Figure 3. Difference distribution of water vapor of pre-flood season precipitation in South China from 1960 to 2012 for (a,d,g,j) 10 days, (b,e,h,k) 5 days, and (c,f,i,l) 2 days leading up to the day of the vapor reaching South China (ENSO positive phase minus negative phase; units: g/kg/grid; the shaded area is the area passing the 98.8% confidence level): (ac) frontal precipitation stage with PDO positive phase; (df) frontal precipitation stage with PDO negative phase; (gi) monsoon precipitation stage with PDO positive phase; (jl) monsoon precipitation stage with PDO negative phase.
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Figure 4. Clustering path of water vapor transport tracks of precipitation for four PDO & ENSO phase combinations in the pre-rainy season over SC (1960–2012) (a) frontal precipitation, (b) monsoon precipitation, blue line: clustering trajectories for PDO positive phase and ENSO positive phase, red line: clustering trajectories for PDO positive phase and ENSO negative phase, green line: clustering trajectories for PDO negative phase and ENSO positive phase, purple line: clustering trajectories for PDO negative phase and ENSO positive phase. The number at the start of the trace is the trace number.
Figure 4. Clustering path of water vapor transport tracks of precipitation for four PDO & ENSO phase combinations in the pre-rainy season over SC (1960–2012) (a) frontal precipitation, (b) monsoon precipitation, blue line: clustering trajectories for PDO positive phase and ENSO positive phase, red line: clustering trajectories for PDO positive phase and ENSO negative phase, green line: clustering trajectories for PDO negative phase and ENSO positive phase, purple line: clustering trajectories for PDO negative phase and ENSO positive phase. The number at the start of the trace is the trace number.
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Figure 5. Precipitation contribution rates of key areas of water vapor sources in the pre-rainy season from 1960 to 2012 (blue: frontal precipitation; red: monsoon precipitation; unit:%). (a): PDO and ENSO positive phase, (b): PDO positive with ENSO negative phase, (c): PDO negative with ENSO positive phase, (d): PDO and ENSO negative phase.
Figure 5. Precipitation contribution rates of key areas of water vapor sources in the pre-rainy season from 1960 to 2012 (blue: frontal precipitation; red: monsoon precipitation; unit:%). (a): PDO and ENSO positive phase, (b): PDO positive with ENSO negative phase, (c): PDO negative with ENSO positive phase, (d): PDO and ENSO negative phase.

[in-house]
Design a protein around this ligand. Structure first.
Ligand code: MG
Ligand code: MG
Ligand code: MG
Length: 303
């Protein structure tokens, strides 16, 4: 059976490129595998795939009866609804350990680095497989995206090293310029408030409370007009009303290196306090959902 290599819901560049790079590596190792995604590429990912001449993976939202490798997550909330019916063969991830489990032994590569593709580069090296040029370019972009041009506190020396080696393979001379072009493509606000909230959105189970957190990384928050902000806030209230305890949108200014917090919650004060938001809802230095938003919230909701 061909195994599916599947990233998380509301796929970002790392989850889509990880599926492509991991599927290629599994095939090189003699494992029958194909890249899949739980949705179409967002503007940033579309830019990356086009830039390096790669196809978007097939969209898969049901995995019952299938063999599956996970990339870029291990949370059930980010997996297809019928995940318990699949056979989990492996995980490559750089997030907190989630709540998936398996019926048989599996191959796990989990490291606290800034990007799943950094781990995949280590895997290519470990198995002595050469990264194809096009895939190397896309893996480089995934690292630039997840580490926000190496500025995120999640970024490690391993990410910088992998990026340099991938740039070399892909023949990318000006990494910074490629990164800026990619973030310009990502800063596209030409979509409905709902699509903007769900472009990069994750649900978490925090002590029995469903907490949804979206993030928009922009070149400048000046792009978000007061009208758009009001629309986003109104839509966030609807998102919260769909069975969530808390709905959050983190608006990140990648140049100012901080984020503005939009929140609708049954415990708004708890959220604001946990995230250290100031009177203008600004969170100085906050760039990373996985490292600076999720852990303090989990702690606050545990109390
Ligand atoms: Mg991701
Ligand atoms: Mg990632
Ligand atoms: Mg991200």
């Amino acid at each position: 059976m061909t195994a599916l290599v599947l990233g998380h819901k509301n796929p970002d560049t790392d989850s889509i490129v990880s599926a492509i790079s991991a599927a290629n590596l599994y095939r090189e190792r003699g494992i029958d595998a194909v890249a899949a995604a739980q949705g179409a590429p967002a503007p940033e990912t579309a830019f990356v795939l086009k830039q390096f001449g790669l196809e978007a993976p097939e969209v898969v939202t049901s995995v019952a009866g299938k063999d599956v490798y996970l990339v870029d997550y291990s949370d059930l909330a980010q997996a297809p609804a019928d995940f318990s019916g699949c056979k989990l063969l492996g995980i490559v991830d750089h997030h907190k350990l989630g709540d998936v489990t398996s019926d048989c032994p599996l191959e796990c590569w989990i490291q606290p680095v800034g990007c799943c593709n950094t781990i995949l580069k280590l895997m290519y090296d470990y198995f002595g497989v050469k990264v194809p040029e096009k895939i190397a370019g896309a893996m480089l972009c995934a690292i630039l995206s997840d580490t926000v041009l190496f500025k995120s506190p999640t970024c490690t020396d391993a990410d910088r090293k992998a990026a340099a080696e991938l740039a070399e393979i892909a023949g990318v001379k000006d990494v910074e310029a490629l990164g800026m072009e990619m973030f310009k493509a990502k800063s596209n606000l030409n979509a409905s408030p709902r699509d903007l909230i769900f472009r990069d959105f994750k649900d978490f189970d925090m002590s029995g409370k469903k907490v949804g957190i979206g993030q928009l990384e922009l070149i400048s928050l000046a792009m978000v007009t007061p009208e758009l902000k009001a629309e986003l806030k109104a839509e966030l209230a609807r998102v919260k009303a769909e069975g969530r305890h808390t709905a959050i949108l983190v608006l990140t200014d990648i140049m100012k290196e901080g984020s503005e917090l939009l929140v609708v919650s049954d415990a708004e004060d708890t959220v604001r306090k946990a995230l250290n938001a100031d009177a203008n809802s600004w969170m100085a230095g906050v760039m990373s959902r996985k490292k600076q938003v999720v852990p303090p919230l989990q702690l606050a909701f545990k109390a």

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Figure 6. Difference of 850 hPa geopotential height field (red contours, unit: gpm), water vapor flux (blue vector, unit: kg·m·s−1) between four ENSO & PDO phase combinations in the pre-rainy season over South China during 1960–2012 ((a,b): frontal precipitation; (c,d): monsoon precipitation; (a,c): PDO+ & ENSO+ minus PDO+ & ENSO−, (b,d): PDO− & ENSO+ minus PDO− & ENSO−).
Figure 6. Difference of 850 hPa geopotential height field (red contours, unit: gpm), water vapor flux (blue vector, unit: kg·m·s−1) between four ENSO & PDO phase combinations in the pre-rainy season over South China during 1960–2012 ((a,b): frontal precipitation; (c,d): monsoon precipitation; (a,c): PDO+ & ENSO+ minus PDO+ & ENSO−, (b,d): PDO− & ENSO+ minus PDO− & ENSO−).
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Table 1. Phase combinations of PDO and ENSO.
Table 1. Phase combinations of PDO and ENSO.
PDO Positive PhasePDO Negative Phase
ENSO positive phase1977, 1982, 1987, 1992,
1994, 1997, 1998
1963, 1972, 2010
ENSO negative phase1989, 1995, 19961964, 1971, 1974, 1975, 1999,
2006, 2007, 2011, 2012
Note(s): the Pacific Decadal Oscillation (PDO); the El Niño-Southern Oscillation (ENSO).
Table 2. Percentage of track amount and precipitation for clustering path of water vapor transport trajectories of precipitation in the pre-rainy season over SC for phase combinations of ENSO and PDO (1960–2012) (unit: %).
Table 2. Percentage of track amount and precipitation for clustering path of water vapor transport trajectories of precipitation in the pre-rainy season over SC for phase combinations of ENSO and PDO (1960–2012) (unit: %).
PDO Positive PhasePDO Negative Phase
Track Number1234512345
Frontal precipitationENSO+Track amount15.3831.164.5823.7925.0915.6116.563.6427.7336.47
precipitation11.9933.83.0124.3326.8716.4713.651.532.8435.54
ENSO−Track amount41.3726.7812.9910.88.067.614.3428.2720.7928.99
precipitation44.6728.5816.226.683.855.7410.7429.9722.9930.57
Monsoon precipitationENSO+Track amount7.2720.6335.358.0328.7119.0723.4418.3225.7613.41
precipitation4.517.5239.236.1432.6216.9726.3123.0125.817.9
ENSO−Track amount13.2410.6523.7217.3235.0725.6518.316.637.8411.6
precipitation9.257.9525.8114.8542.1429.3517.064.8839.569.15
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Zhang, G.; Li, J.; Fan, L. A Joint Impact on Water Vapor Transport over South China during the Pre-Rainy Season by ENSO and PDO. Water 2022, 14, 3639. https://doi.org/10.3390/w14223639

AMA Style

Zhang G, Li J, Fan L. A Joint Impact on Water Vapor Transport over South China during the Pre-Rainy Season by ENSO and PDO. Water. 2022; 14(22):3639. https://doi.org/10.3390/w14223639

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Zhang, Guangya, Junjie Li, and Lingli Fan. 2022. "A Joint Impact on Water Vapor Transport over South China during the Pre-Rainy Season by ENSO and PDO" Water 14, no. 22: 3639. https://doi.org/10.3390/w14223639